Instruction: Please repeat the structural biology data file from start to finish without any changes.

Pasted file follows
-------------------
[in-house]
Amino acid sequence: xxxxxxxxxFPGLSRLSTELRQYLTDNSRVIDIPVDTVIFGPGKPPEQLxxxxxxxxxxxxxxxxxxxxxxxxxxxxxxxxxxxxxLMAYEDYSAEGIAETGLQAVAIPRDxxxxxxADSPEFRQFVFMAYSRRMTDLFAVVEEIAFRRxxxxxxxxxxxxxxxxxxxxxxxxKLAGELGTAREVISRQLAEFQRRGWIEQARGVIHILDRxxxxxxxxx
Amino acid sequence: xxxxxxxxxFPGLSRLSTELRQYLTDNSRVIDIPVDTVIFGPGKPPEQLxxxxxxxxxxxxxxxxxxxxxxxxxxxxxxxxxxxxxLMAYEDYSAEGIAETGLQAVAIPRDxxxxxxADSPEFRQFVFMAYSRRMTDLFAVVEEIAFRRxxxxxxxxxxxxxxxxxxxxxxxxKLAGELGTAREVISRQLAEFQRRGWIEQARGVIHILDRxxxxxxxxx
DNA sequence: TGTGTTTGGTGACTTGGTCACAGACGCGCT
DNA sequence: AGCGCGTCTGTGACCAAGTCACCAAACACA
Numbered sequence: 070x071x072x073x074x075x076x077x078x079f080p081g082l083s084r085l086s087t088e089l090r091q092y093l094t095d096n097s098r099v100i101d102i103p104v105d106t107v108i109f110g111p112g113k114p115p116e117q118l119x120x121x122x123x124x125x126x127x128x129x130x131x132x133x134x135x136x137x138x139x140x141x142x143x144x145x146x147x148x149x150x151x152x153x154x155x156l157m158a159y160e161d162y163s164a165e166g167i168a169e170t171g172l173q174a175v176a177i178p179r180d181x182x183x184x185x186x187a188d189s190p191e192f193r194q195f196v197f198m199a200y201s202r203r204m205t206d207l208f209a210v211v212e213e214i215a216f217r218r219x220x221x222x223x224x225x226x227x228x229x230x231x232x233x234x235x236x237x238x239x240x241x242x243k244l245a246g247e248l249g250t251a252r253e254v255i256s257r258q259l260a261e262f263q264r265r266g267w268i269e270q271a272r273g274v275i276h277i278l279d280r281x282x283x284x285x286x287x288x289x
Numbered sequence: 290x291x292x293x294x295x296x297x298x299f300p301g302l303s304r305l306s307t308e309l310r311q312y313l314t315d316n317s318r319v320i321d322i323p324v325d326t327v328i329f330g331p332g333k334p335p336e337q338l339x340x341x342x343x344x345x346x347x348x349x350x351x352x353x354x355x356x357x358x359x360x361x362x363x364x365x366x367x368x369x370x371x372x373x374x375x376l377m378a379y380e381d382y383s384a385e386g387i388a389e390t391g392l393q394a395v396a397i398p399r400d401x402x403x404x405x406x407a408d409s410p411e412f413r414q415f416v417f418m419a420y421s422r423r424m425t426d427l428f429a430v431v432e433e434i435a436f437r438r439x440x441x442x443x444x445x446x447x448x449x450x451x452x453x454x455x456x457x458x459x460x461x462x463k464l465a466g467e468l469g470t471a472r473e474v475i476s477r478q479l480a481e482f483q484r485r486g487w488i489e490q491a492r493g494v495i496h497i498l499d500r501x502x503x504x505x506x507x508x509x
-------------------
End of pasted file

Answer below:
[in-house]
Amino acid sequence: xxxxxxxxxFPGLSRLSTELRQYLTDNSRVIDIPVDTVIFGPGKPPEQLxxxxxxxxxxxxxxxxxxxxxxxxxxxxxxxxxxxxxLMAYEDYSAEGIAETGLQAVAIPRDxxxxxxADSPEFRQFVFMAYSRRMTDLFAVVEEIAFRRxxxxxxxxxxxxxxxxxxxxxxxxKLAGELGTAREVISRQLAEFQRRGWIEQARGVIHILDRxxxxxxxxx
Amino acid sequence: xxxxxxxxxFPGLSRLSTELRQYLTDNSRVIDIPVDTVIFGPGKPPEQLxxxxxxxxxxxxxxxxxxxxxxxxxxxxxxxxxxxxxLMAYEDYSAEGIAETGLQAVAIPRDxxxxxxADSPEFRQFVFMAYSRRMTDLFAVVEEIAFRRxxxxxxxxxxxxxxxxxxxxxxxxKLAGELGTAREVISRQLAEFQRRGWIEQARGVIHILDRxxxxxxxxx
DNA sequence: TGTGTTTGGTGACTTGGTCACAGACGCGCT
DNA sequence: AGCGCGTCTGTGACCAAGTCACCAAACACA
Numbered sequence: 070x071x072x073x074x075x076x077x078x079f080p081g082l083s084r085l086s087t088e089l090r091q092y093l094t095d096n097s098r099v100i101d102i103p104v105d106t107v108i109f110g111p112g113k114p115p116e117q118l119x120x121x122x123x124x125x126x127x128x129x130x131x132x133x134x135x136x137x138x139x140x141x142x143x144x145x146x147x148x149x150x151x152x153x154x155x156l157m158a159y160e161d162y163s164a165e166g167i168a169e170t171g172l173q174a175v176a177i178p179r180d181x182x183x184x185x186x187a188d189s190p191e192f193r194q195f196v197f198m199a200y201s202r203r204m205t206d207l208f209a210v211v212e213e214i215a216f217r218r219x220x221x222x223x224x225x226x227x228x229x230x231x232x233x234x235x236x237x238x239x240x241x242x243k244l245a246g247e248l249g250t251a252r253e254v255i256s257r258q259l260a261e262f263q264r265r266g267w268i269e270q271a272r273g274v275i276h277i278l279d280r281x282x283x284x285x286x287x288x289x
Numbered sequence: 290x291x292x293x294x295x296x297x298x299f300p301g302l303s304r305l306s307t308e309l310r311q312y313l314t315d316n317s318r319v320i321d322i323p324v325d326t327v328i329f330g331p332g333k334p335p336e337q338l339x340x341x342x343x344x345x346x347x348x349x350x351x352x353x354x355x356x357x358x359x360x361x362x363x364x365x366x367x368x369x370x371x372x373x374x375x376l377m378a379y380e381d382y383s384a385e386g387i388a389e390t391g392l393q394a395v396a397i398p399r400d401x402x403x404x405x406x407a408d409s410p411e412f413r414q415f416v417f418m419a420y421s422r423r424m425t426d427l428f429a430v431v432e433e434i435a436f437r438r439x440x441x442x443x444x445x446x447x448x449x450x451x452x453x454x455x456x457x458x459x460x461x462x463k464l465a466g467e468l469g470t471a472r473e474v475i476s477r478q479l480a481e482f483q484r485r486g487w488i489e490q491a492r493g494v495i496h497i498l499d500r501x502x503x504x505x506x507x508x509x